• A major flaw is that Poland and Romania do not have a mutual strategic partnership, the bilateral relation is at an average level, far weaker than the dialogue Warsaw entertains with Zagreb, for example.
  • There is also a divergence problem, not all CEE states see eye to eye on U.S.-Russia relations, for example, the Czech Republic, Austria or even Hungary have expressed significant sympathies towards the Russian Federation, and do host strategic non-military assets of the Kremlin, as the Czech Russian Bank (Czechia) or the upcoming 2019 the Central European connector pipeline of Turkish Stream (Hungary).
  • Under-investments and an overall weak economic power of the CEE region.
  • The Tree Seas Initiative is dependent on external support, such as from the U.S. to emerge as a major player in the European dynamic.

End Notes

The next Three Seas Initiative Summit will take place in Bucharest, Romania. While this organization is currently focused on energy and infrastructure, in the eve of a pan-European military project that would distance from the U.S., the Three Seas Initiative could develop its own military and political aspects and remain firmly anchored with the Anglo-Saxon community, while not necessarily alienating itself from the European Union. Be advised, these are complex and ambiguous geopolitical platonic shifts, we could witnesses and see confirmation only over a timeline of years, depending on dozens if not hundreds of inputs and trends, black swans or predictable developments. What this analysis intended to do is to put on paper a recurring and impossible to ignore tendency, of a growing CEE alignment with the US as a direct reaction to the E.U’s core dangerous stance on sensitive issues as energy and Russia. ‘Intermarium’ could be one of those consequences; some already say that the Three Seas Initiative is the exact embodiment of that concept. Although, it seems that the perpetuation of this trends has become a priority for the Trump administration being also catalyzed by the developments inside the European Union put in a start anti-thesis with the political and strategic landscape of Central and Eastern Europe, therefore we have reasons to acknowledge the ascending nature of this trend.



[2] Richard K Debo, Survival and Consolidation: The Foreign Policy of Soviet Russia, 1918–1992, McGill-Queen’s Press, 1992, pp. 59

[3]Richard Woytak, The Promethean Movement in Interwar Poland, East European Quarterly, vol. 13, no. 3 , 1984, pp. 273–78.

[4]Note: ‘Between Imperial Temptation And Anti-Imperial Function In Eastern European Politics: Poland From The Eighteenth To Twenty-First Century’ by Andrzej Nowak explains why, and can be accessed here: http://src-h.slav.hokudai.ac.jp/coe21/publish/no7_ses/chapter12.pdf

[5] Tom Lansford, Blagovest Tashev, Old Europe, new Europe and the US: Renegotiating Transatlantic Security in The Post 9/11 Era, Ashgate Publishing, 2005, pp. 216.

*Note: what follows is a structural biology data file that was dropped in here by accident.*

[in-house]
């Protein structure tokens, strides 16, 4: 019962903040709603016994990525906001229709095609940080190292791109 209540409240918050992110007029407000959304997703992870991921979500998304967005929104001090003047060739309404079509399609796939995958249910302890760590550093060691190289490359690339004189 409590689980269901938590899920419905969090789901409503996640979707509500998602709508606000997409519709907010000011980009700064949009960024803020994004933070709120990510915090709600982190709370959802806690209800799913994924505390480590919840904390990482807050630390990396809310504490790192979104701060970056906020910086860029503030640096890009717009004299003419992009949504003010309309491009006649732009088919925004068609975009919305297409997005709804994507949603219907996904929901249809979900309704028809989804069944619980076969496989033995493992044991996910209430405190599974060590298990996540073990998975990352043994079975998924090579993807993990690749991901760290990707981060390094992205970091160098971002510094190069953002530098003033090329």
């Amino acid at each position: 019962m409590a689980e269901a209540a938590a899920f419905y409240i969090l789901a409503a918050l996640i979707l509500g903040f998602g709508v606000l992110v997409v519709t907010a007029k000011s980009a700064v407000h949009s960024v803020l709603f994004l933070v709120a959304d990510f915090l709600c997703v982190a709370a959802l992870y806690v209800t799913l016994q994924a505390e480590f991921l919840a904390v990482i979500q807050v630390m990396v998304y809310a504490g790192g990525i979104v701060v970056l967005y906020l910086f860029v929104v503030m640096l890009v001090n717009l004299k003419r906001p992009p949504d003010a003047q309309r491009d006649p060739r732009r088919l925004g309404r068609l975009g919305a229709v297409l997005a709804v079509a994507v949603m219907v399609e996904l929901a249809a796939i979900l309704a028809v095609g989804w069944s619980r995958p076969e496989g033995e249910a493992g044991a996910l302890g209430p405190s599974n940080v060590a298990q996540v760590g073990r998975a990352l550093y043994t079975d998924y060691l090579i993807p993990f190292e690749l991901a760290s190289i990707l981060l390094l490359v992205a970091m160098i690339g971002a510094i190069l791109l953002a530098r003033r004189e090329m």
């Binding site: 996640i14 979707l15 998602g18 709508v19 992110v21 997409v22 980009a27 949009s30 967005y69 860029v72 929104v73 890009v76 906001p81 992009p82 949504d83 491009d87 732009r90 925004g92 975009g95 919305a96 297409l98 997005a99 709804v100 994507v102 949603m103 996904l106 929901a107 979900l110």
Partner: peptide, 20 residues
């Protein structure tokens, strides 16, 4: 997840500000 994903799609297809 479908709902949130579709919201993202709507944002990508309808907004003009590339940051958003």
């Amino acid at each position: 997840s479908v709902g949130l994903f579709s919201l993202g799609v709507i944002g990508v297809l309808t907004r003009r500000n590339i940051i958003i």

[6]President Iohannis: Romania has the biggest pro-American sentiment in the EU, Business Review, http://www.business-review.eu/featured/president-iohannis-romania-has-the-biggest-pro-american-sentiment-in-the-eu-139510

[7]U.S. Withdraws From ABM Treaty; Global Response Muted, https://www.armscontrol.org/act/2002_07-08/abmjul_aug02

[8]Note: for more technical, logistical and extended details read: http://www.seapower-digital.com/seapower/february_march_2016?pg=20#pg20

[9]NATO Response Force / Very High Readiness Joint Task Force, http://www.shape.nato.int/nato-response-force–very-high-readiness-joint-task-force 

[10]NATO Readiness Action Plan – http://www.nato.int/cps/on/natohq/topics_119353.htm

[11]NATO Enhanced Forwards Presence –  Factsheet: http://www.nato.int/nato_static_fl2014/assets/pdf/pdf_2017_05/1705-factsheet-efp.pdf

[12]SUA și Germania participă cu trupe la brigada multinațională din Craiova, http://www.digi24.ro/stiri/actualitate/evenimente/sua-si-germania-participa-cu-trupe-la-brigada-multinationala-din-craiova-579584

[13] http://www.eurogas.org/uploads/2016/flipbook/statistical-report-2015/index.html#p=8

[14] Gazprom, Nord Stream 2 – http://www.gazprom.com/about/production/projects/pipelines/built/nord-stream2/

[15] ibidem

[16] Poland wants EU to ban Nord Stream 2, EurActiv, https://www.euractiv.com/section/energy/news/poland-wants-eu-to-ban-nord-stream-2/

[17]EU Says It Can’t Block Russia-Backed Nord Stream 2 Pipeline, Wall Street Journal https://www.wsj.com/articles/eu-says-it-cant-block-russia-backed-nord-stream-2-pipeline-1490906474?mod=e2tw

[18]Germany, Austria Tell U.S. Not to Interfere in EU Energy, Bloomberg, https://www.bloomberg.com/news/articles/2017-06-15/u-s-toughens-stance-on-russian-gas-as-engie-defends-new-pipe


[20]Factbox – Three Seas Initiative summit in Warsaw, Reuters, http://uk.reuters.com/article/uk-poland-usa-trump-factbox-idUKKBN19P0U1

[21]Remarks by President Trump to the People of Poland, the White House, https://www.whitehouse.gov/the-press-office/2017/07/06/remarks-president-trump-people-poland-july-6-2017

[22]Making the Three Seas Initiative a Priority for Trump, Atlantic Council, http://www.atlanticcouncil.org/blogs/new-atlanticist/making-the-three-seas-initiative-a-priority-for-trump